Free to play. Free to donate. Freerice.

Every non-profit organization looks for ways to increase donations from the community and many of these donations are in cash form. is “a nonprofit website that is owned by and supports the United Nations World Food Progamme” according to their website. This organization has two goals:

  1. Provide education to everyone for free.
  2. Held end world hunger by providing rice to hungry people for free.

It almost seems too good to be true right? Fortunately, Freerice is 100% dependable, so every grain of rice you earn is being donated to a person in poverty and hunger.

Can Charity be a Game?

According to Dr. Kapp, “Gamification is using game-based mechanics, aesthetics, and game thinking to engage people, motivate action, promote learning, and solve problems.” Freerice has adopted this new and upcoming concept to their organization’s mission to do all that AND donate food to those in need.

Sow how does Freerice work? Users pick a subject of their choice that range from vocabulary in English, French, German, Italian, Spanish, Latin, as well as humanities, math, chemistry, geography, sciences, and SAT preparation.

For every question you get right, 10 grains of rice are donated. For every 5 questions you get right then 50 grains of rice are donated. Depending on the subject you chose, there are a different number of levels to go through. The more questions you get right the harder the quesitons get and the higher in levels you reach. The more questions you answer incorrectly, you go down in levels. You don’t lose the rice that you have already made, but you then do not donate anymore.


The biggest incentive that keeps me going is that on the right side of the questions, there is a bowl of rice that continually fills up as you answer more questions. It also shows you the piles of rice you have donated and the total number of grains of rice. So for everything you answer, you directly see an impact from your actions. You also receive little message of achievements or basically motivators that say things like “Congratulations! You’ve just answered 20 questions in a row.”

Where did it all begin and where is it going?

This organization didn’t start off as a non-profit helping fight world hunger. In 2007, John Breen a computer programmer, created the website to help his son study for the SATs. On the first day, 830 grains of rice were donated and since then…the amount of rice donated is huge! According to they have donated approximately 95,716,396,828 grains of rice over a course of almost 10 years that have been donated to over 87.8 million people in 78 countries around the world.

Like these children in the video above I was exposed to Freerice back in middle school, where my teachers would have us play that in the computer labs to practice vocabulary, but also to encourage the idea of donating and helping others. At the time, I thought I was a super star because I knew all these fancy words and was moving up in all the levels and then helping others all at the same time.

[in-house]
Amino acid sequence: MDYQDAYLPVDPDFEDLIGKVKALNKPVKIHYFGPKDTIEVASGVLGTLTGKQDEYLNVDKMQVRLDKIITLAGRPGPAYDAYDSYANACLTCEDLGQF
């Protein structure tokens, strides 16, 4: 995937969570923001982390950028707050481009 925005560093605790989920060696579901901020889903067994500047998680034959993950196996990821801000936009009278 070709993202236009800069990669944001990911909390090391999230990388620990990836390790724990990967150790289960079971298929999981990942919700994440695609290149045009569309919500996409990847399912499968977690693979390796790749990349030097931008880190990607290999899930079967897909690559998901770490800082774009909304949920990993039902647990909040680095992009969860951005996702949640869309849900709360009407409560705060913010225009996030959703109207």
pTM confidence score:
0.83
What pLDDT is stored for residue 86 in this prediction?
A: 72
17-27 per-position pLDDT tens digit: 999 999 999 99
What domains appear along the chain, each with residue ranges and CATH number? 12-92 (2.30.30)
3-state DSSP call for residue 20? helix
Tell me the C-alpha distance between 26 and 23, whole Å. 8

But is the game truly donating this rice to people in impoverished areas?

And the answer is yes! In 2007 when the site launched in partnership with the United Nations World Food Progamme, they released this article to introduce the game and their mission behind it. The WFP Executive Director Josette Sheeran said herself that the success of the game just shows “how the Internet can mobilize millions of people worldwide to end want.”

In the video as well, posted by the World Food Programme, you see first hand that a game is bringing actual bags of rice to poor countries. The immediate outcome that users see also makes the game to be such a success.


This picture comes from Wikipedia, but it accurately shows the impact Freerice has had on the donations of rice. Which is a hearty and healthy meal for those who do not have access to a lot of food.

Gamification at its Finest

According to “Can’t Play, Won’t Play”, the idea of gamification is simply just pointification and the rewards are devalued in the long run since they are not compelling. I believe that Freerice breaks free from this mold of just earning points.

Many companies use gamification for the benefit of themselves, but Freerice is simply benefitting others. The user doesn’t have to pay to use their service, because the website’s costs are all covered by the WFP and their donations they receive. This means that playing this game is all for the good of others.

The reward of playing Freerice will never die out or lose its significance because people always leave the game feeling better about themselves. It is not a tedious activity, or something you have to sign up for, it simply allows people to practice and learn in different subjects while helping others.

Raph Koster’s “A Theory of Fun for Game Design” says, “That’s what games are in the end. Teachers.”

As we have talked about in class, playing games teaches us many things! We learn how to accept defeat, help others, play as a team, motor skills, etc. Freerice fits right into the category of teaching because it pretty much is like an online classroom that you take at your own pace. Freerice might be based off of a point system and levels, but they transfer into grains of rice for donation and that definitely does not make this game bullshit.


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